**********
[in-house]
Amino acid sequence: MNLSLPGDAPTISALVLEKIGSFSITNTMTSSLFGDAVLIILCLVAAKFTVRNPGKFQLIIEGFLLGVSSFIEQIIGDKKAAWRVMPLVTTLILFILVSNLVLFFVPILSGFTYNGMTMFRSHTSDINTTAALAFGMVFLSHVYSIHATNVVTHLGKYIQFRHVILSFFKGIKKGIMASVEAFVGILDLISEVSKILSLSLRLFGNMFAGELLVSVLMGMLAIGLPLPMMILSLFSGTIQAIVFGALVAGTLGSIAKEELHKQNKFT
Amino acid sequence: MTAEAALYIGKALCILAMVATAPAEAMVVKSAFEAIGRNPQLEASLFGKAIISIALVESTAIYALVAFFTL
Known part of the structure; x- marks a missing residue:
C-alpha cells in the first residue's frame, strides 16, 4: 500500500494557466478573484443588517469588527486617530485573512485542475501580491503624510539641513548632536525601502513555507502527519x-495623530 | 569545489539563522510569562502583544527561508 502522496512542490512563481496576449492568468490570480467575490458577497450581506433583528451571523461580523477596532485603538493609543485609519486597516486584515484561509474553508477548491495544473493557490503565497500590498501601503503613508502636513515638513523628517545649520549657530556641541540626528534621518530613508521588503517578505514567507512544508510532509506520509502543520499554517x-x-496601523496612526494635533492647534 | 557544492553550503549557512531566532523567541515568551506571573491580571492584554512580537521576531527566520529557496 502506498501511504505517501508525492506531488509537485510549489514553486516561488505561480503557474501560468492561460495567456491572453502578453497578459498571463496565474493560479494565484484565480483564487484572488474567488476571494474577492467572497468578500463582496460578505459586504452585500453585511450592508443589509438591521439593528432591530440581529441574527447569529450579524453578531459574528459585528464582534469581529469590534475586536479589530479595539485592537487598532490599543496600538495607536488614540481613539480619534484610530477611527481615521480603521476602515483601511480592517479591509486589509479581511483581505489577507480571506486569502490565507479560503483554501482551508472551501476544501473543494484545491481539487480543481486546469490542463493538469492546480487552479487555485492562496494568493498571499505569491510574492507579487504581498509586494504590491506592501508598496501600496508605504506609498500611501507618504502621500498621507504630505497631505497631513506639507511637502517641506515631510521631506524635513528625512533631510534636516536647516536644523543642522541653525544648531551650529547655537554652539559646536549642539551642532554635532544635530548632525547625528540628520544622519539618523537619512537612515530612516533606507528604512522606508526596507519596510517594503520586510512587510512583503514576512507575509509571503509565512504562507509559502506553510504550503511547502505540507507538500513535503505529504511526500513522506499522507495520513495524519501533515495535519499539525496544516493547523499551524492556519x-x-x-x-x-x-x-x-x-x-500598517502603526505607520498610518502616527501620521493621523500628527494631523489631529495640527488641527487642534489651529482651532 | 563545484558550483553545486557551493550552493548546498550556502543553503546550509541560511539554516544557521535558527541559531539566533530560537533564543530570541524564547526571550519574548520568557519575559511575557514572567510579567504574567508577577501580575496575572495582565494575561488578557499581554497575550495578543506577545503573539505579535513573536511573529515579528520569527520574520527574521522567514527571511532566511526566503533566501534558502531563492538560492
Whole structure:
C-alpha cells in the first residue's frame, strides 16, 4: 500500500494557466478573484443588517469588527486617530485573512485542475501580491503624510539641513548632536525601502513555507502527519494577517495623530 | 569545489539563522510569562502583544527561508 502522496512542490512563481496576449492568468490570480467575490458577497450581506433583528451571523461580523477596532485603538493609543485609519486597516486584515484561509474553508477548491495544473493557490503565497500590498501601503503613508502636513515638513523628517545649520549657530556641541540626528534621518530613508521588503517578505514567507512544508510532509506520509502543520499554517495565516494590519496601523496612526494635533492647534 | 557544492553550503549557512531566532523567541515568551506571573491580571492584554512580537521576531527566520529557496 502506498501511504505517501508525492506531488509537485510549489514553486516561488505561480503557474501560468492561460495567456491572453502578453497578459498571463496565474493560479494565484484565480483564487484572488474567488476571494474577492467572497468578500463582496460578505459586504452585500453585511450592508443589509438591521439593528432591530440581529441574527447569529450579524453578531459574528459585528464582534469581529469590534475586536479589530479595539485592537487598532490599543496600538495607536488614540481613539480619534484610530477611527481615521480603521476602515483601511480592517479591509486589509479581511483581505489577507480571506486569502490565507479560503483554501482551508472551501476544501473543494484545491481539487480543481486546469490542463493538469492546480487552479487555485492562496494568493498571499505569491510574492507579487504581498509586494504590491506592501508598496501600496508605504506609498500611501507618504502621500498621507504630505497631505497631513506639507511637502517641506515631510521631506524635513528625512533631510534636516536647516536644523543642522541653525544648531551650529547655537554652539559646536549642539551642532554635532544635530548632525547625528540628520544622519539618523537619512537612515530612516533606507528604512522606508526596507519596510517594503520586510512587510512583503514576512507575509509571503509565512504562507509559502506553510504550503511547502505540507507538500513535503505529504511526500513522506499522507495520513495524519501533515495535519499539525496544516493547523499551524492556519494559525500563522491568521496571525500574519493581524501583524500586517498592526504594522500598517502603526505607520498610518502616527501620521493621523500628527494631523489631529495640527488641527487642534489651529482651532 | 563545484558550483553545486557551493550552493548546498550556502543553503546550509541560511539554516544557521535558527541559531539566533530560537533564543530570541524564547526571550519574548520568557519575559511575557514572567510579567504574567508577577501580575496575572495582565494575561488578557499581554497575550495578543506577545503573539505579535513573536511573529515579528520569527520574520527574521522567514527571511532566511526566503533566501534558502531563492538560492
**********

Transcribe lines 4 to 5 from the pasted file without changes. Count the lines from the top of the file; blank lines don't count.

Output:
Known part of the structure; x- marks a missing residue:
C-alpha cells in the first residue's frame, strides 16, 4: 500500500494557466478573484443588517469588527486617530485573512485542475501580491503624510539641513548632536525601502513555507502527519x-495623530 | 569545489539563522510569562502583544527561508 502522496512542490512563481496576449492568468490570480467575490458577497450581506433583528451571523461580523477596532485603538493609543485609519486597516486584515484561509474553508477548491495544473493557490503565497500590498501601503503613508502636513515638513523628517545649520549657530556641541540626528534621518530613508521588503517578505514567507512544508510532509506520509502543520499554517x-x-496601523496612526494635533492647534 | 557544492553550503549557512531566532523567541515568551506571573491580571492584554512580537521576531527566520529557496 502506498501511504505517501508525492506531488509537485510549489514553486516561488505561480503557474501560468492561460495567456491572453502578453497578459498571463496565474493560479494565484484565480483564487484572488474567488476571494474577492467572497468578500463582496460578505459586504452585500453585511450592508443589509438591521439593528432591530440581529441574527447569529450579524453578531459574528459585528464582534469581529469590534475586536479589530479595539485592537487598532490599543496600538495607536488614540481613539480619534484610530477611527481615521480603521476602515483601511480592517479591509486589509479581511483581505489577507480571506486569502490565507479560503483554501482551508472551501476544501473543494484545491481539487480543481486546469490542463493538469492546480487552479487555485492562496494568493498571499505569491510574492507579487504581498509586494504590491506592501508598496501600496508605504506609498500611501507618504502621500498621507504630505497631505497631513506639507511637502517641506515631510521631506524635513528625512533631510534636516536647516536644523543642522541653525544648531551650529547655537554652539559646536549642539551642532554635532544635530548632525547625528540628520544622519539618523537619512537612515530612516533606507528604512522606508526596507519596510517594503520586510512587510512583503514576512507575509509571503509565512504562507509559502506553510504550503511547502505540507507538500513535503505529504511526500513522506499522507495520513495524519501533515495535519499539525496544516493547523499551524492556519x-x-x-x-x-x-x-x-x-x-500598517502603526505607520498610518502616527501620521493621523500628527494631523489631529495640527488641527487642534489651529482651532 | 563545484558550483553545486557551493550552493548546498550556502543553503546550509541560511539554516544557521535558527541559531539566533530560537533564543530570541524564547526571550519574548520568557519575559511575557514572567510579567504574567508577577501580575496575572495582565494575561488578557499581554497575550495578543506577545503573539505579535513573536511573529515579528520569527520574520527574521522567514527571511532566511526566503533566501534558502531563492538560492